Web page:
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The Day Mercy Became Available 24/7 (Entire Article)

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By Robert E. Henson

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Mark 15:37-39 says:

“And Jesus cried with aloud voice, and gave up the ghost.

 

And the veil of the temple was rent in twain from the top to the bottom.

 

And when the centurion, which stood over against him, saw that he so cried out, and gave up the ghost, he said, Truly this man was the Son of God.”

 

The term 24/7 is one that has come into prominent use in the last decade is used primarily with reference to businesses that never close. The designation 24/7 indicates that the store is always open and that the services are continually available.

 

Mercy, as we know it, was not always available 24/7. The Old Testament pointedly stipulates that the Day of Atonement came only once each year. On that special day, and only on that day, the High Priest would enter beyond the sacred veil and into the Holy of Holies of the Tabernacle or Temple. There, the High Priest would offer blood to make atonement for the sins of the people—sins that had accumulated over the last year.

 

Please note this carefully—there was no such thing back then as just slipping into the Holy of Holies on an ordinary day to seek atonement and pardon. Nor did a person resort there in the middle of the night because he or she felt compunction to pray and seek God’s mercy. In fact, the common person could never enter there. The average citizen, or even the elite, could not make his or her personal appeal at the Mercy Seat. The Holy of Holies was accessible only to one man, the High Priest, and even to him it was only open for business one day out of each year!

 

The Crucifixion Of Jesus

 

Each of the four New Testament gospel writers gives us vivid accounts and important details about the trial and crucifixion of Jesus. Three of the four include a most fascinating and significant reference to the veil of the Temple.

 

The Temple was located some 600 yards—more than a quarter of a mile—from the place of the execution of Jesus. Yet, coinciding precisely with the time of the expiration of Jesus, the veil in the Temple was miraculously rent in two.

 

This was a deliberate tearing. So much so that a witness or wit-nesses saw it happen and watched in awe as it came apart. The Scriptures dutifully note that the tearing of this thick and sacred fabric occurred from the top to the bottom, thus indicating it was an action from heaven.

 

According to Jewish authorities, the veil was made of strong fabric and was tightly woven. It was at least four inches thick. It was checked yearly to be sure it had not deteriorated in any way. It has been stated that a pair of oxen hooked to each end of the veil could not have ripped it in two.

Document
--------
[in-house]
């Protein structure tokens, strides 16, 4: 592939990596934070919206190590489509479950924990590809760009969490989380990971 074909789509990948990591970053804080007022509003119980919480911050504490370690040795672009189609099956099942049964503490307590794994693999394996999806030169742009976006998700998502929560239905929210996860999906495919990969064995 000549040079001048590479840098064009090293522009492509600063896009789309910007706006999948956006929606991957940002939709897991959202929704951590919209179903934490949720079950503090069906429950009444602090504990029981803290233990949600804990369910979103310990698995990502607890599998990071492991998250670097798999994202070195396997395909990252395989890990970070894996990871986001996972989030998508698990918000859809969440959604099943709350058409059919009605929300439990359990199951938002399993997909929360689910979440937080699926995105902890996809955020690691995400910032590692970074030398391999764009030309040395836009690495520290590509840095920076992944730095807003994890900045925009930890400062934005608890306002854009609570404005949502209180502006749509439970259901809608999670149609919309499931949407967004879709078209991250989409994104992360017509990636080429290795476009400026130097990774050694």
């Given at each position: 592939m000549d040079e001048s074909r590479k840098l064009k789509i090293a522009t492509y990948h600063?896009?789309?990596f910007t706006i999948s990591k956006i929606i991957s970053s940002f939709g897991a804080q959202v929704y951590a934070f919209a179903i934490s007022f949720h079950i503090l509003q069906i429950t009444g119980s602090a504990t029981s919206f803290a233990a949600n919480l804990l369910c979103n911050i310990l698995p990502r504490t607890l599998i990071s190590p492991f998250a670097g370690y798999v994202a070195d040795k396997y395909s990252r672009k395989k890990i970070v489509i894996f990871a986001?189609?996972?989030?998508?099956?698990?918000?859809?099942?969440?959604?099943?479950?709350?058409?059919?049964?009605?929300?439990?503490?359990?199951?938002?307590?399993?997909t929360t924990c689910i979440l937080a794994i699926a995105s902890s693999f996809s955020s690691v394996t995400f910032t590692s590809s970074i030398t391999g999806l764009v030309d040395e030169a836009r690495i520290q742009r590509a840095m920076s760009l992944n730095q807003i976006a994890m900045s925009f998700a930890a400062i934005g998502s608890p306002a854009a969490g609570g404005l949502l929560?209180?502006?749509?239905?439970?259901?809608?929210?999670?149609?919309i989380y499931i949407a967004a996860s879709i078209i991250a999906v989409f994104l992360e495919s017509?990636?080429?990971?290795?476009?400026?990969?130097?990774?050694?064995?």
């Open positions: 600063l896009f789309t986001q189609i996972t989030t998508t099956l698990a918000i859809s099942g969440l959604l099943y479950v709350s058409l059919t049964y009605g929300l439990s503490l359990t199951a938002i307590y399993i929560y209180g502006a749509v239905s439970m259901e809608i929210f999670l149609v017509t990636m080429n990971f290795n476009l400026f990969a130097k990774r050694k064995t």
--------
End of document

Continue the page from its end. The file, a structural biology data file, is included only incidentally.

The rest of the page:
A casual observer may think this event interesting and move on without further inquiry, but not so with those who understand the significance of that veil. That veil had been a divine barricade to keep out the masses of humanity. Mercy, in a certain sense, had been imprisoned behind that divinely instituted wall.

 

But now the barricade was down! The gate was open! In fact, the gate was left open! Entrance and access for all persons desiring God’s pardon was opened up and made available.

 

It should also be noted that the veil was rent “in the midst” or in the middle. This was no side entrance. The veil was opened immediately in front of the Mercy Seat. Direct access was thereby granted to God’s mercy.

 

The day that Jesus died is the day mercy became available 24/7!

 

What 24/7 Mercy Means to You and Me

 

The split veil extends to us an open door for repentance. We can repent anywhere and at any time of the day or night. What a privilege, and what an opportunity!

 

It means that we can come as often as necessary. We can receive as much mercy as we need, for the supply is inexhaustible.

 

It indicates that God’s mercy is fully efficacious to meet our deepest need of forgiveness. Oh, how appreciative and thankful we all should be for the day mercy became available 24/7!

 

The Price Jesus Paid to Offer Us Peace

 

In Isaiah 53:4-5, we read:

 

“Surely he hath borne our griefs, and carried our sorrows: yet we did esteem him stricken, smitten of God, and afflicted.

 

But he was wounded for our transgressions, he was bruised for our iniquities: the chastisement of our peace was upon him; and with his stripes we are healed.”

 

Please observe carefully the proofs listed by the Prophet Isaiah as provided by Jesus in regard to His Messianic claims:

  • He bore or shouldered our griefs and carried our sorrows to His cross;
  • He didn’t just verbalize empathy—He quite literally took the load of all our disappointments upon himself;
  • He was wounded (external) for our transgressions (violations of God’s commands);
  • He was bruised (internal) for our iniquities (moral impurities);
  • The chastisement of our peace was upon Him; and,
  • With His stripes we are healed.

This is what Jesus did for us at Calvary. This was the sacrifice that was necessary for you and me to have peace. The cost for Jesus was the mental and physical toll of being stricken, which literally means to be afflicted with something overwhelming, as strong emotion or trouble.

 

Jesus vicariously took our place on the cross. Isaiah declared, “The chastisement of our peace was upon Him.” The key word is chastisement. It comes from the Hebrew word mucar. As used in Isaiah 53:5, mucar, according to Vine’s Expository Dictionary of Biblical Words, means the dis¬cipline or punishment meted out when one refuses to listen to instruction.